A language is only as portable as its most expressive level of concreteness. PHP has no technical semantics, and as such is dependent on its execution engine to handle those semantics. Therefore, PHP will never be used for embedded logic development, or doing low-level video hardware interactions. My emphasis on the concreteness aspect is primarily borne from the pragmatic realm of 3D game engines; writing a 3D engine effectively, especially a cutting-edge one, requires concreteness. That's why I think C++ continues to be so popular in game development - it offers such concreteness.

Direct hardware interaction is important also because it allows for portability, as outlined in my second journal entry. Think of an OS built in Foo; the lowest-level, hardware-interaction elements can be done nicely in Foo, without sacrificing any of the expressivity and contractual safety nets, while upper layers can be built entirely in abstract onion-shell combinations of functionality. IMHO the only real hope for native OS "awareness" of concepts like JIT execution models and global garbage collection is to have such interoperability between layers of abstraction, within a single language family.

I definitely agree on metaprogramming. I've been pondering the concept of building "objects" not based on static, code-time classes, but with a more dynamic and fluid structure. This has been inspired largely by evolutional's experiments in tag-oriented data organization; the main challenge I see at this point is figuring out the logical extension of that sort of paradigm to logic organization as well. But in general, yes, introspection and metaprogramming are extremely important. Foo should let me build entire syntactic subdialects for domain-specific purposes.

We don't need a silver-bullet paradigm or a silver-bullet "reinvention" of OO; I don't think such a thing exists. We need a way to express concepts like OO at a fundamental level, dynamically, as you've described.

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I think im falling in love with you Apoch :-p

Ive been trying to solve these questions since I started programming (making my own language is what got me into programming...yes, even though I couldnt program, I wanted to make my own language :-p ah ha! the chicken came before the egg)

Though, you say you want abstract types. I have been debating the use of dynamic types in the real world for some time, so far ive came up with this idea:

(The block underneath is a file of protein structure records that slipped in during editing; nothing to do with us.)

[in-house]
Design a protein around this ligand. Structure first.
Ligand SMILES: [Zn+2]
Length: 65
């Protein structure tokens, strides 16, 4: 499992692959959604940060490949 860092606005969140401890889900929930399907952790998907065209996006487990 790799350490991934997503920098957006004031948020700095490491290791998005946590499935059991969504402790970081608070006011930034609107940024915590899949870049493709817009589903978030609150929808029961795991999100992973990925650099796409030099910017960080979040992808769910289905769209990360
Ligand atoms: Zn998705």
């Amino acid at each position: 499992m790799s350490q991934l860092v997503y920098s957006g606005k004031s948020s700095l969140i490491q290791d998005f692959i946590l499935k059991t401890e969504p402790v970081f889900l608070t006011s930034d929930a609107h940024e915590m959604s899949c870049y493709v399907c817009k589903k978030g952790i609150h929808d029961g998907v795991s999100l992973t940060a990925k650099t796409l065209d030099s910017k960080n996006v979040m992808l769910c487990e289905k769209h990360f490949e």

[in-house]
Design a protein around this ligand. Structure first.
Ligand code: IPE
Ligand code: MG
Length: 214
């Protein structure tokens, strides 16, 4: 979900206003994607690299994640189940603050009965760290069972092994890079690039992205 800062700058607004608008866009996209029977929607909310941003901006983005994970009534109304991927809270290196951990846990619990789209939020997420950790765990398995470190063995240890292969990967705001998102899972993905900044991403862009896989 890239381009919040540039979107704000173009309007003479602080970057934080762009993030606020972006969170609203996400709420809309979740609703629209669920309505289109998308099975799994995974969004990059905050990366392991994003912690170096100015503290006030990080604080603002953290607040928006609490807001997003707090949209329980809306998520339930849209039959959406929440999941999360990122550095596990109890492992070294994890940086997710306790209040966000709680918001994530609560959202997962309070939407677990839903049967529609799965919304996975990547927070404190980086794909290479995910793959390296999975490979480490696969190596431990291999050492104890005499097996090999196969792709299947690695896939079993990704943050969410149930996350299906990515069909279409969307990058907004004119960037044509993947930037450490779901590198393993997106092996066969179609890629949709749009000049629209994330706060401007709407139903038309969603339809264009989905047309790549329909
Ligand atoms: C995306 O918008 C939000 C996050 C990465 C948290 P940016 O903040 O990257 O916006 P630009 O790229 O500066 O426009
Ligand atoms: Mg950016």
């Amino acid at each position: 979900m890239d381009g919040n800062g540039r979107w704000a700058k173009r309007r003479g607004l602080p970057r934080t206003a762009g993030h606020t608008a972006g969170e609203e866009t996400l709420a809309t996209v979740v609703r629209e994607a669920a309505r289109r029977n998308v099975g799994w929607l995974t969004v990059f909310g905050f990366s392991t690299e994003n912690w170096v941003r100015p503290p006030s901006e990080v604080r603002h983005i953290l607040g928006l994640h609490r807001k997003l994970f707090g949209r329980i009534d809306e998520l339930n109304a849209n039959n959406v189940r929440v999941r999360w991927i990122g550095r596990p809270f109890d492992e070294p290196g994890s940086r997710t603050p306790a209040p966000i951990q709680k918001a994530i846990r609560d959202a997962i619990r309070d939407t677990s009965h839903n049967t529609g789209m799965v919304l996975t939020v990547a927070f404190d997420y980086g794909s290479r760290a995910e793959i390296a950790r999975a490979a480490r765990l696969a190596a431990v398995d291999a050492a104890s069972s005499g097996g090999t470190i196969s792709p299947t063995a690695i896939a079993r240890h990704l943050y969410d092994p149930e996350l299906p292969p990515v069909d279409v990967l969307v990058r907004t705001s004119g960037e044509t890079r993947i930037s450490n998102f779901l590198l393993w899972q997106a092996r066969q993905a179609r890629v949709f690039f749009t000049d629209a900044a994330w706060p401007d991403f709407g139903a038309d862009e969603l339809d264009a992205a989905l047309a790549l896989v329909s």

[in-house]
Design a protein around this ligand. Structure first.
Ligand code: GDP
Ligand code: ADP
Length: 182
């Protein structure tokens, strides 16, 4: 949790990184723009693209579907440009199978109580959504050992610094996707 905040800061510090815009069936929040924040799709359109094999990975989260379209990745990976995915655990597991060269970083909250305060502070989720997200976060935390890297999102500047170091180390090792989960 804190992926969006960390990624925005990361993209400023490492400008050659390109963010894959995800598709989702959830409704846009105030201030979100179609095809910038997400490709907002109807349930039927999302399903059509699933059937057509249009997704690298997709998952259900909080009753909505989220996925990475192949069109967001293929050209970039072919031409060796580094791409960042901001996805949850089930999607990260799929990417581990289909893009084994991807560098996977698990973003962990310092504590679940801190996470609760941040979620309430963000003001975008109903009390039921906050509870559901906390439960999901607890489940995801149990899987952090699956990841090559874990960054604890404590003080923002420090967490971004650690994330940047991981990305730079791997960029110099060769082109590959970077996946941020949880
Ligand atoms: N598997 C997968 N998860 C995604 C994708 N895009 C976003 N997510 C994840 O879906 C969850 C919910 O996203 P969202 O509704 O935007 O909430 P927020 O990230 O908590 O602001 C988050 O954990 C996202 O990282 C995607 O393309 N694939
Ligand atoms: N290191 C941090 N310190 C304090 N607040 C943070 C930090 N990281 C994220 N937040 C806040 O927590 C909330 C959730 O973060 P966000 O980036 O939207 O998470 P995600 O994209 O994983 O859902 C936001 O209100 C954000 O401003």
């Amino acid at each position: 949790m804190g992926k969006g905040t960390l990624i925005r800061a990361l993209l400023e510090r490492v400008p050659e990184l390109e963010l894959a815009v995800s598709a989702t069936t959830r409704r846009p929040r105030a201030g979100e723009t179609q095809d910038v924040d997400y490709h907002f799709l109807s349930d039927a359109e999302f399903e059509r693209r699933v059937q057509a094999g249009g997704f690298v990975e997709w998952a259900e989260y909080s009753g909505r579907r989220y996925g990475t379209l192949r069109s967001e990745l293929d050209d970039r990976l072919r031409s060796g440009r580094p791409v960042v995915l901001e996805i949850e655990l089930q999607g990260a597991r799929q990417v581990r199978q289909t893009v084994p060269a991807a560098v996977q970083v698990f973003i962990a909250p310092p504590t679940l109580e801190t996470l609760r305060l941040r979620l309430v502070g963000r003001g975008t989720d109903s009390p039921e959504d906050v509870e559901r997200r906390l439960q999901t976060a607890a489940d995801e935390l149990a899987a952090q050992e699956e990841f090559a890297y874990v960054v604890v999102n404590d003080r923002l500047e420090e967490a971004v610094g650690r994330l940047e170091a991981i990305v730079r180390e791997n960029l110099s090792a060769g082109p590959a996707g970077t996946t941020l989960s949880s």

Dynamic types that allow you to put restrictions upon them. You mentioned this earlier in your journal or a thread and ive had the idea for quite some time. So you could do:
int(range(0,2*5) foo;
Thats an example if you wanted a python approach, though I like the syntax to be more Lisp/Haskel like:
int[1..2*5] foo;
Those are merely examples and imply the use of a static types with restrictions. Im not sure how the syntax would be for dynamic types...could take a OO approach:
foo.range = [1..2*5];
Or like this:
var[1..2*5] foo

There are many different subjects that would go along with designing a language, the type system is just the biggest aspect ive been thinking about latly.

I think you should open up a forum some where Apoch for us to discuss our ideas and to develop this language. For everyone here to help out.

EDIT: Im looking at this now and im curious to what you think about the usage of dynamic types of static Apoch. The syntax looks much cleaner when using static, actually I really like this line: int[1..2*5] foo; Even though that was just made up syntax, I like it. Ah well, I would like to hear your thoughts on it, along with everyone elses.

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Expressing range and validation constraints on data types is very important, I think.

I'd take it a step further, though. First of all, I think data type restrictions should be explicitly stated as formal declarations. Having the restrictions inline in every single variable declaration is going to get messy, and is counterproductive if you ever need to tweak the restrictions. Secondly, I think there should be an implicit concept of "validation" in each data type: